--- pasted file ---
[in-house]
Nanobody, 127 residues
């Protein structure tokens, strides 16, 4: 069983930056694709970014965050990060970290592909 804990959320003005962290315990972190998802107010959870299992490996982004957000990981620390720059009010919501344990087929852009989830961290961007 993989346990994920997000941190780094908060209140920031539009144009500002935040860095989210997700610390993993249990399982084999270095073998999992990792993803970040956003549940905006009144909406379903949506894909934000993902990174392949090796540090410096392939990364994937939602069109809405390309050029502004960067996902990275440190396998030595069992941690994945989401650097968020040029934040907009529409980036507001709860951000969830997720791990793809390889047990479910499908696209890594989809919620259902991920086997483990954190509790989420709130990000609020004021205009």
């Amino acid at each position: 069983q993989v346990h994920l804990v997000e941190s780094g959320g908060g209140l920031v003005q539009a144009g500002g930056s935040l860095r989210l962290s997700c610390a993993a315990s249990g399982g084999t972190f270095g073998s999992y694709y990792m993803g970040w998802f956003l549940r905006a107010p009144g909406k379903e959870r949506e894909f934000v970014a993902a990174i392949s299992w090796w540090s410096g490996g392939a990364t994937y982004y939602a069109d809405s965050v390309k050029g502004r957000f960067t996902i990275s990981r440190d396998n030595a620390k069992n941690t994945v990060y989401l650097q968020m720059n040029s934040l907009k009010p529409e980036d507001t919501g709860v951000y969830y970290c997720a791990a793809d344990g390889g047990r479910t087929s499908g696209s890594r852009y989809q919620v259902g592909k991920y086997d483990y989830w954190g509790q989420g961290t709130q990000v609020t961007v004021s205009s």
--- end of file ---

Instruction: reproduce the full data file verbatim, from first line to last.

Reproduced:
[in-house]
Nanobody, 127 residues
């Protein structure tokens, strides 16, 4: 069983930056694709970014965050990060970290592909 804990959320003005962290315990972190998802107010959870299992490996982004957000990981620390720059009010919501344990087929852009989830961290961007 993989346990994920997000941190780094908060209140920031539009144009500002935040860095989210997700610390993993249990399982084999270095073998999992990792993803970040956003549940905006009144909406379903949506894909934000993902990174392949090796540090410096392939990364994937939602069109809405390309050029502004960067996902990275440190396998030595069992941690994945989401650097968020040029934040907009529409980036507001709860951000969830997720791990793809390889047990479910499908696209890594989809919620259902991920086997483990954190509790989420709130990000609020004021205009």
């Amino acid at each position: 069983q993989v346990h994920l804990v997000e941190s780094g959320g908060g209140l920031v003005q539009a144009g500002g930056s935040l860095r989210l962290s997700c610390a993993a315990s249990g399982g084999t972190f270095g073998s999992y694709y990792m993803g970040w998802f956003l549940r905006a107010p009144g909406k379903e959870r949506e894909f934000v970014a993902a990174i392949s299992w090796w540090s410096g490996g392939a990364t994937y982004y939602a069109d809405s965050v390309k050029g502004r957000f960067t996902i990275s990981r440190d396998n030595a620390k069992n941690t994945v990060y989401l650097q968020m720059n040029s934040l907009k009010p529409e980036d507001t919501g709860v951000y969830y970290c997720a791990a793809d344990g390889g047990r479910t087929s499908g696209s890594r852009y989809q919620v259902g592909k991920y086997d483990y989830w954190g509790q989420g961290t709130q990000v609020t961007v004021s205009s």